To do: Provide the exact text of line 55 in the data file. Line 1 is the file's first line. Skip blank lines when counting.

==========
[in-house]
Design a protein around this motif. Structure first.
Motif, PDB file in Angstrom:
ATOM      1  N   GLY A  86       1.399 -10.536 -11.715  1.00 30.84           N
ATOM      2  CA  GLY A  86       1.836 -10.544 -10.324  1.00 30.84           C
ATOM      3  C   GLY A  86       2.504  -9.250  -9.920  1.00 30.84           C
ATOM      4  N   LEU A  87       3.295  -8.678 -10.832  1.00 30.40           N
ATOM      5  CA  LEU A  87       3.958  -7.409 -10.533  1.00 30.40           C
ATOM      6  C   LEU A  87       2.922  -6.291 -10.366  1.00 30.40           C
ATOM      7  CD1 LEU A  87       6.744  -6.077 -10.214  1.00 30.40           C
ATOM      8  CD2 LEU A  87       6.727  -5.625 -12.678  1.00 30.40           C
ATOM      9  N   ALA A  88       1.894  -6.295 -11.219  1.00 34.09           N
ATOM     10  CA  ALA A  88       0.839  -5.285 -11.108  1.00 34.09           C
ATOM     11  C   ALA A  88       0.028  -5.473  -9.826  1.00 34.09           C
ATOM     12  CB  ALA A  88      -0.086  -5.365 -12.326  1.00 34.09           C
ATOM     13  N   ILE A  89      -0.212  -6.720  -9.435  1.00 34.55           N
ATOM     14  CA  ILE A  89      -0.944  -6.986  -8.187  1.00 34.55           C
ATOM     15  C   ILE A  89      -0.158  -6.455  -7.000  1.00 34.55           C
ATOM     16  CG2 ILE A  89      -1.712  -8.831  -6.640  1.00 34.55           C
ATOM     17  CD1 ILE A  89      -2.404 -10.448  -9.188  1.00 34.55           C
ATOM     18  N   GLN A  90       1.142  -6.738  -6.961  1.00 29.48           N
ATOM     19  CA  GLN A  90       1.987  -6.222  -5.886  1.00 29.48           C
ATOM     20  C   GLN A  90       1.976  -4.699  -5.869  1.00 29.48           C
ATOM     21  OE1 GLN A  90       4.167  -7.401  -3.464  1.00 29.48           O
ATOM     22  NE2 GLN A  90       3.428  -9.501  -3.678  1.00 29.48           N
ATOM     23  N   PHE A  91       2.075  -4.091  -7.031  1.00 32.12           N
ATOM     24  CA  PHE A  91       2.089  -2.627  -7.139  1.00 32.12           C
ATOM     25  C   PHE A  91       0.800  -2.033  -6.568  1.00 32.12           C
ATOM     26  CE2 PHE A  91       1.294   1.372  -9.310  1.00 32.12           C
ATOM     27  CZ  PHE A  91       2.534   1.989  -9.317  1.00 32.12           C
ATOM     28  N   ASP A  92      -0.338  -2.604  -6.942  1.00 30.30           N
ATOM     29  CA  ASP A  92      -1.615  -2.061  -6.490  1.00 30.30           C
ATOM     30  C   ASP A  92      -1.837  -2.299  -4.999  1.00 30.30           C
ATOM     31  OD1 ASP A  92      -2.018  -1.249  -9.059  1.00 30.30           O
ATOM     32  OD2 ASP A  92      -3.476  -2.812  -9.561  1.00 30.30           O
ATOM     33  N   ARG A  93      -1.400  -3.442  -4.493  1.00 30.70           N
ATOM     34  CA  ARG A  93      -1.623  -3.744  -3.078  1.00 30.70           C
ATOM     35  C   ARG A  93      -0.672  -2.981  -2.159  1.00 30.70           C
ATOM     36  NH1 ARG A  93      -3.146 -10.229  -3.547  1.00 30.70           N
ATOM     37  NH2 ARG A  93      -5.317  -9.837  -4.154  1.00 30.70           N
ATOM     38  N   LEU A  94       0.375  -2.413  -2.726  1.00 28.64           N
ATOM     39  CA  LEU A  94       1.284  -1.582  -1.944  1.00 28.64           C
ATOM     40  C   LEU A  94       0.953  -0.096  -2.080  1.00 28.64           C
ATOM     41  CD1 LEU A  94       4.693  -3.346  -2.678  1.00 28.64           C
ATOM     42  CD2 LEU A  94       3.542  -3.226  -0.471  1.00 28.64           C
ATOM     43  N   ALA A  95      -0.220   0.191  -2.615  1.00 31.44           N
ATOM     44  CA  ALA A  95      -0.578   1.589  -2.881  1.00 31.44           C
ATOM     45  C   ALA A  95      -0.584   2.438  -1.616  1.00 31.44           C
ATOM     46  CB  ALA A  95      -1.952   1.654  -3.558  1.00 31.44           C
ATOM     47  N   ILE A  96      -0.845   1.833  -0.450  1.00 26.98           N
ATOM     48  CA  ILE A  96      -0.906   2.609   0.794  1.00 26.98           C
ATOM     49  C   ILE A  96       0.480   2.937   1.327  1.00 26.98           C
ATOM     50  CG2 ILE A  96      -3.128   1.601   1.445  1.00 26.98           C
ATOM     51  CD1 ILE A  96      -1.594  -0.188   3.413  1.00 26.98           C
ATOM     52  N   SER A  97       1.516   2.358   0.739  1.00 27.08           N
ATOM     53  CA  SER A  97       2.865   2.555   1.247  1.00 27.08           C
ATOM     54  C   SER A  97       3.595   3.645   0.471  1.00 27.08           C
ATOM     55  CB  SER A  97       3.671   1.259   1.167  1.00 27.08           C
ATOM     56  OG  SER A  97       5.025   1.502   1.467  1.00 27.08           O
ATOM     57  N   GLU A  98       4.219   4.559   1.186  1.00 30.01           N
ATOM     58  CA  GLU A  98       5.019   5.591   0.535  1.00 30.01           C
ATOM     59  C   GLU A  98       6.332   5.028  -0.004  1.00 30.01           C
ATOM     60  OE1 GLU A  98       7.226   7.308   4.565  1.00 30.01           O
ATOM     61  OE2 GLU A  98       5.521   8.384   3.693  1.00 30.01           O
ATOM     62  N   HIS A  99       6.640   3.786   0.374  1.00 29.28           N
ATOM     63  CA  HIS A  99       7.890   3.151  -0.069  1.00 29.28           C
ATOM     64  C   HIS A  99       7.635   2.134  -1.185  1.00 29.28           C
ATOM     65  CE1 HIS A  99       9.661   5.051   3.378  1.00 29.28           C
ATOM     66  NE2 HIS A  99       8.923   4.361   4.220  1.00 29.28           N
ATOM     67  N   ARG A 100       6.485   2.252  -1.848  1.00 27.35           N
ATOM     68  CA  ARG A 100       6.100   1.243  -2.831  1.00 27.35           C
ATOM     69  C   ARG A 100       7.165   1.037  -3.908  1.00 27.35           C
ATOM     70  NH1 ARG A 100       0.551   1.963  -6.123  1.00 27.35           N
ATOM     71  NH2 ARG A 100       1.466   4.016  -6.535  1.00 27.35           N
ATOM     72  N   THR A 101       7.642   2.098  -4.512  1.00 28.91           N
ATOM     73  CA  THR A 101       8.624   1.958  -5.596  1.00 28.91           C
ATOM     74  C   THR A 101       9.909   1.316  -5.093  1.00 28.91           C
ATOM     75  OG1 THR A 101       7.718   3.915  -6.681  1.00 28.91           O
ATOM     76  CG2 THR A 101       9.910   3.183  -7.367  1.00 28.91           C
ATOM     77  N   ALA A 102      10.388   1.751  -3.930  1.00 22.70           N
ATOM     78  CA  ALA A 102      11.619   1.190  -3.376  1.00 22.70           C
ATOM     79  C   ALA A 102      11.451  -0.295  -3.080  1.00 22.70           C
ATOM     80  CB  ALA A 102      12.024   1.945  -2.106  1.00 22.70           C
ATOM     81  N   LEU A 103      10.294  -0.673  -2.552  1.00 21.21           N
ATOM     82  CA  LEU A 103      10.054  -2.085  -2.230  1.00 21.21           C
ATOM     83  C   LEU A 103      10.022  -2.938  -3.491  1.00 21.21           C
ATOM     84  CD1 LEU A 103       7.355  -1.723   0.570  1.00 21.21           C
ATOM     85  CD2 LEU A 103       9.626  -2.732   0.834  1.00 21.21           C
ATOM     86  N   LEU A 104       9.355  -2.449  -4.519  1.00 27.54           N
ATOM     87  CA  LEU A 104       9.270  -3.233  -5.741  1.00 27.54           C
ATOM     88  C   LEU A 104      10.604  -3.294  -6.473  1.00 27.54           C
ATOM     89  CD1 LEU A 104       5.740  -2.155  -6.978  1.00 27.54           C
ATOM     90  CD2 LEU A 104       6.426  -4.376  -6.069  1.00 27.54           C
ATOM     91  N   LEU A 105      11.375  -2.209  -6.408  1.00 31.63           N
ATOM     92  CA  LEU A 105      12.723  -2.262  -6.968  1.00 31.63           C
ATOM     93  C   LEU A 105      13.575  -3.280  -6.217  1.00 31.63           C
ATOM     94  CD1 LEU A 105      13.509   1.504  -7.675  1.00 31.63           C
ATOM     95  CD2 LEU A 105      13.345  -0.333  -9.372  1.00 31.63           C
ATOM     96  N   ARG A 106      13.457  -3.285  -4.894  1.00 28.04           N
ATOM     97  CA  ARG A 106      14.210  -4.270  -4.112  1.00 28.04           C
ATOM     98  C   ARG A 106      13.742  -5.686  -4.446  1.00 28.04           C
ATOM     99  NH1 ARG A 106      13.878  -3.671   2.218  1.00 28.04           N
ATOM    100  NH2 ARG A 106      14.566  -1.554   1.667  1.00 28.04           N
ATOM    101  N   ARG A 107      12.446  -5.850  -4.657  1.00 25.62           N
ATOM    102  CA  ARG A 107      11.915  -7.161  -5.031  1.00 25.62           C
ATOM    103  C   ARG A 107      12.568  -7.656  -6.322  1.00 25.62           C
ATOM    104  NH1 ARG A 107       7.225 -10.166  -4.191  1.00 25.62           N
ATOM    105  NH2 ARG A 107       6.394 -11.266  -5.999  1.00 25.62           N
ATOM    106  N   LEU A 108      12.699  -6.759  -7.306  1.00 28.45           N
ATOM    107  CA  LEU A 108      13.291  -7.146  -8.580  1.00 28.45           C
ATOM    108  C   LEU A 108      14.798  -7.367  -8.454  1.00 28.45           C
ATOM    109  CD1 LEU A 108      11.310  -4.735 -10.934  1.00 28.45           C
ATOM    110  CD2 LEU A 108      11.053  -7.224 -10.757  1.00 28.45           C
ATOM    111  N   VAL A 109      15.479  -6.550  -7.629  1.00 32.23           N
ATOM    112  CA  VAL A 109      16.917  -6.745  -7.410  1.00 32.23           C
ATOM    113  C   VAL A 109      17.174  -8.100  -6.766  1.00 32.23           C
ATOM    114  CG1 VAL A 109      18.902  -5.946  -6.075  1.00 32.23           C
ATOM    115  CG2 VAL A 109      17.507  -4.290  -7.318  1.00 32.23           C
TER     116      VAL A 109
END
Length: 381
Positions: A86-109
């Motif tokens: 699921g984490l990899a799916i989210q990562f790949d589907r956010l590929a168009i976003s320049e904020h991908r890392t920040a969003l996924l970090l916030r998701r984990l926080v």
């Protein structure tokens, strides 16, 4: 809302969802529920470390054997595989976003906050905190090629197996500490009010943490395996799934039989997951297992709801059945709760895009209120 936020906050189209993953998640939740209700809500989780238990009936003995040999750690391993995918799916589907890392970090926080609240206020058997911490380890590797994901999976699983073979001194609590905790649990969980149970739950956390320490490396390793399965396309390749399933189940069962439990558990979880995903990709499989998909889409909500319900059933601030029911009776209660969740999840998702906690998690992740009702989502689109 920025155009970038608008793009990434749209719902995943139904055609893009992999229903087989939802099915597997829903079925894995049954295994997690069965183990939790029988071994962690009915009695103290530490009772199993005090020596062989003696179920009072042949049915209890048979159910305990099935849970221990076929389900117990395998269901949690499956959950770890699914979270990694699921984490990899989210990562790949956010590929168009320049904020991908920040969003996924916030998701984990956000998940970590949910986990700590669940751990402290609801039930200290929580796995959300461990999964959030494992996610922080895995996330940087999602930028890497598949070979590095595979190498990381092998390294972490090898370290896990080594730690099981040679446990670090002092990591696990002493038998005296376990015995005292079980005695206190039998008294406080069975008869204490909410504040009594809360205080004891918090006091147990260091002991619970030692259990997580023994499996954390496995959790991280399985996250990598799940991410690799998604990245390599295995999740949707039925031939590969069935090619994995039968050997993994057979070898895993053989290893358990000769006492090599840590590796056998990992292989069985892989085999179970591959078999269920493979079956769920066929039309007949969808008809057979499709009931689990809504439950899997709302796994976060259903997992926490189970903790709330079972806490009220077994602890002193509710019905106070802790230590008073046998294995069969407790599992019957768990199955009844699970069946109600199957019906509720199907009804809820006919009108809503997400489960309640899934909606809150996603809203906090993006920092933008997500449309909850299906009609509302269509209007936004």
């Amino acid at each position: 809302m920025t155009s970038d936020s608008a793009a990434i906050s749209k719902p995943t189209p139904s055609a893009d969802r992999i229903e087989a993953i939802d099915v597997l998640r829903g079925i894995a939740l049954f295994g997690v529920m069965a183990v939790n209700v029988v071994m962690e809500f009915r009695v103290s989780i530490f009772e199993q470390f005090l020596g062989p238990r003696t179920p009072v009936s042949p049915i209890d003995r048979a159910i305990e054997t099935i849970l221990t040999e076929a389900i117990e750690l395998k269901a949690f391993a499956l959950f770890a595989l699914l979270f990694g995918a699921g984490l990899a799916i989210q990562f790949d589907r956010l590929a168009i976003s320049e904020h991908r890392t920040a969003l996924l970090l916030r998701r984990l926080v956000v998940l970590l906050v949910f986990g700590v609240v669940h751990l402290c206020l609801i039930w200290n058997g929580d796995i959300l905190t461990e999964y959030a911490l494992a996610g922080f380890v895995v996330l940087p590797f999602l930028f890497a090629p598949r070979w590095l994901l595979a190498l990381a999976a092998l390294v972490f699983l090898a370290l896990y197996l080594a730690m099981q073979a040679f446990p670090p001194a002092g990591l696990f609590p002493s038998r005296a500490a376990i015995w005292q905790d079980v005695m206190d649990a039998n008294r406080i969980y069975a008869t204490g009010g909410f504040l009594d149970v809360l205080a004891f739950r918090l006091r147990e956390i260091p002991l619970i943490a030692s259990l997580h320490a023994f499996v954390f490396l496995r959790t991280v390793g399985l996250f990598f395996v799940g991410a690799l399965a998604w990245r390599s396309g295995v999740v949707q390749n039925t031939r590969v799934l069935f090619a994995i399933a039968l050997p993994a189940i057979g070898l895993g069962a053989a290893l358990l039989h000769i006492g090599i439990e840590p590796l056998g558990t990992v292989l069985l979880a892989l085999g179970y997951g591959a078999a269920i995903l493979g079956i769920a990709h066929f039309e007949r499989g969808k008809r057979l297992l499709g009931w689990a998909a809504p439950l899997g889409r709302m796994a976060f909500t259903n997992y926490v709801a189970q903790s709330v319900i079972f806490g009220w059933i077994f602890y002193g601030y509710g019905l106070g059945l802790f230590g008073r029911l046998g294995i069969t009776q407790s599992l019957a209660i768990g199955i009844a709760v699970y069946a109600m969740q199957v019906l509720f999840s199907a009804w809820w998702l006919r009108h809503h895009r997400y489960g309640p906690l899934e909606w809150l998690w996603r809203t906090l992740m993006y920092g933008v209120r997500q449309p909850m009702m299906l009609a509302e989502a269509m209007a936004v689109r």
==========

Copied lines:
ATOM     52  N   SER A  97       1.516   2.358   0.739  1.00 27.08           N